In the early 1930s architect Josef Kranz designed a villa for the director of Brno Radiojournal and radio reformer, Antonín Slavík. This retired army telegraph operator, traveller, polyglot and art historian managed the Brno branch in 1925-42. Under his leadership the radio station hosted a number of intriguing figures and programming was enhanced with broadcasting for minorities and coverage of theatrical performances.
When designing the Slavík Villa Josef Kranz had to work with a far from ideal plot at the intersection of Tůmova and Lužická streets, the sloping terrain of which determined the segmented layout of the three-level house. The impression of the organic incorporation of the structure in the slope is enhanced by the landscaping with a rock garden and lush greenery, which also appears on the bay roof on the side facade. The structure of the house consists of a ferro-concrete skeleton, whose pillars are also visible in the main street frontage. This is also where the separate entrances to the residential areas and the ground floor caretaker's apartment are situated. The elevated ground floor housing the owner's apartment features the living room, kitchen, children's room and bedroom facing the street. The bedroom is situated below the spacious terrace which adjoins another fully furnished apartment unit with the owner's study on the first floor. When designing this house, Josef Kranz used wood fibre panels in place of filler masonry due to their low price, fast construction even in winter months and good insulation properties.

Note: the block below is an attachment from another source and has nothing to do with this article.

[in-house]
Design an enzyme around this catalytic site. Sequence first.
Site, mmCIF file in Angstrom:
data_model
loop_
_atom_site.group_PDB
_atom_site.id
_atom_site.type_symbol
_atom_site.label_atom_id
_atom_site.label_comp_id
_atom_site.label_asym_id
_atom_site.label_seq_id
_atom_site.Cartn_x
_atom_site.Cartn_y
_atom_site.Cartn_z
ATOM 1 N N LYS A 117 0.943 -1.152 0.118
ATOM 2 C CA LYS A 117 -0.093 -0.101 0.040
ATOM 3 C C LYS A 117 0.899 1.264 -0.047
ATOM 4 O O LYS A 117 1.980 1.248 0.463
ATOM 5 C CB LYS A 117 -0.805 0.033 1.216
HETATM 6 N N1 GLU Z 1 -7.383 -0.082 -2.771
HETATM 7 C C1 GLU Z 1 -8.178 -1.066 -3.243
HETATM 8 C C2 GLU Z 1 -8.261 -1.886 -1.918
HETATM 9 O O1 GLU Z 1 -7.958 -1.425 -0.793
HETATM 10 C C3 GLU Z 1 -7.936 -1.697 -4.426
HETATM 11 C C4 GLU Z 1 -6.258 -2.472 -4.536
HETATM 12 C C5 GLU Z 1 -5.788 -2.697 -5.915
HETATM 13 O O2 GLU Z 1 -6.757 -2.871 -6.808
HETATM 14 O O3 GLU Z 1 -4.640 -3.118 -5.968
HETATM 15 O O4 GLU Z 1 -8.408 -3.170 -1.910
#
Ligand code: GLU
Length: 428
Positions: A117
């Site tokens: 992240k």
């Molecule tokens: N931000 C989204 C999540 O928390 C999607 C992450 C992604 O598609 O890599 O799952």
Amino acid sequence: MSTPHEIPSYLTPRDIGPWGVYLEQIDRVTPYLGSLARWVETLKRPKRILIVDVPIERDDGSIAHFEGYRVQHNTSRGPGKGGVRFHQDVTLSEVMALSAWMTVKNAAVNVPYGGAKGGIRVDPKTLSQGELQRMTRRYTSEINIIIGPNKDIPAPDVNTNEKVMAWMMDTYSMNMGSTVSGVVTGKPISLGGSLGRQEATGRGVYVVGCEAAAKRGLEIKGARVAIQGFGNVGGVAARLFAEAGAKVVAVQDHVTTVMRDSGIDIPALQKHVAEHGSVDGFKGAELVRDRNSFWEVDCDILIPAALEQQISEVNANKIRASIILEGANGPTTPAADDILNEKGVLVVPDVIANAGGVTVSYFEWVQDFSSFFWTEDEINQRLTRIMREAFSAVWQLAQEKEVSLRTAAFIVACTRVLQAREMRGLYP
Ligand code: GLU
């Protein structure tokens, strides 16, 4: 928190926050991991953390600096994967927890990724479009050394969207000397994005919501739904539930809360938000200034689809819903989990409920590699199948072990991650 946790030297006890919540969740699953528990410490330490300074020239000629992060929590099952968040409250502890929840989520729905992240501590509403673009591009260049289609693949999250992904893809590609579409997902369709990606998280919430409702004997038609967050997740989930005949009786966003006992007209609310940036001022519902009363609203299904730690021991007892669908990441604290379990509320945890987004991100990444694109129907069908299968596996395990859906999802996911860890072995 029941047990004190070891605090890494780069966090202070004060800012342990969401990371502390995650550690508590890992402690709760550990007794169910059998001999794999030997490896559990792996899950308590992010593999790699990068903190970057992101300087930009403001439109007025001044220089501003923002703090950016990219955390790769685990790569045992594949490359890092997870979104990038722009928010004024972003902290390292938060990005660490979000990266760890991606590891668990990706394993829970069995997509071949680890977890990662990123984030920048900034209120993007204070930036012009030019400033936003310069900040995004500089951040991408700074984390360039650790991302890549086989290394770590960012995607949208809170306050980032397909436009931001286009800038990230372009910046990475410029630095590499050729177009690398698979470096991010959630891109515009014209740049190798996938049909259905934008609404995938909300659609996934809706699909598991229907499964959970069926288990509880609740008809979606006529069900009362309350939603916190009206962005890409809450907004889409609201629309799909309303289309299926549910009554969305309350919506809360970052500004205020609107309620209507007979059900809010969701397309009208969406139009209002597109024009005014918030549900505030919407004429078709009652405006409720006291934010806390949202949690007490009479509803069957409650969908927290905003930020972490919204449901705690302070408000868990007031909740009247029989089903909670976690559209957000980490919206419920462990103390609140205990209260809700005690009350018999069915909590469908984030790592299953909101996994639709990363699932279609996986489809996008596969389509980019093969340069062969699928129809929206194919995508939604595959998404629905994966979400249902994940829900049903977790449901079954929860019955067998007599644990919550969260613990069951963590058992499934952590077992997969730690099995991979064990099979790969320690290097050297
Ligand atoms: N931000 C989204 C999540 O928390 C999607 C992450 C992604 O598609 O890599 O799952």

However, Antonín Slavík could enjoy living in his villa for only a few years. During the Nazi occupation he joined the Protection of the Nation resistance movement, consisting mainly in members of the former Czechoslovak army, which the Gestapo exposed as early as 1939. Slavík was arrested and imprisoned in Špilberk and Berlin, where he was executed in Plötzensee jail in 1942. The villa is still owned by the Slavík family and, except for the extension of the garage on the street-side facade, it has been preserved in its original condition.
1930 – 1932
Residential house, villa
Tůmova 2086/15, (Žabovřesky), Brno, Žabovřesky
Náměstí Míru (TRAM 4)
Tábor (TRAM 3, 11)
Jan Sedlák (ed.), Slavné brněnské vily, Praha 2006
Petr Pelčák, Ivan Wahla, Generace 1901-1910. První absolventi české školy architektury v Brně 1925-1940, Brno 2000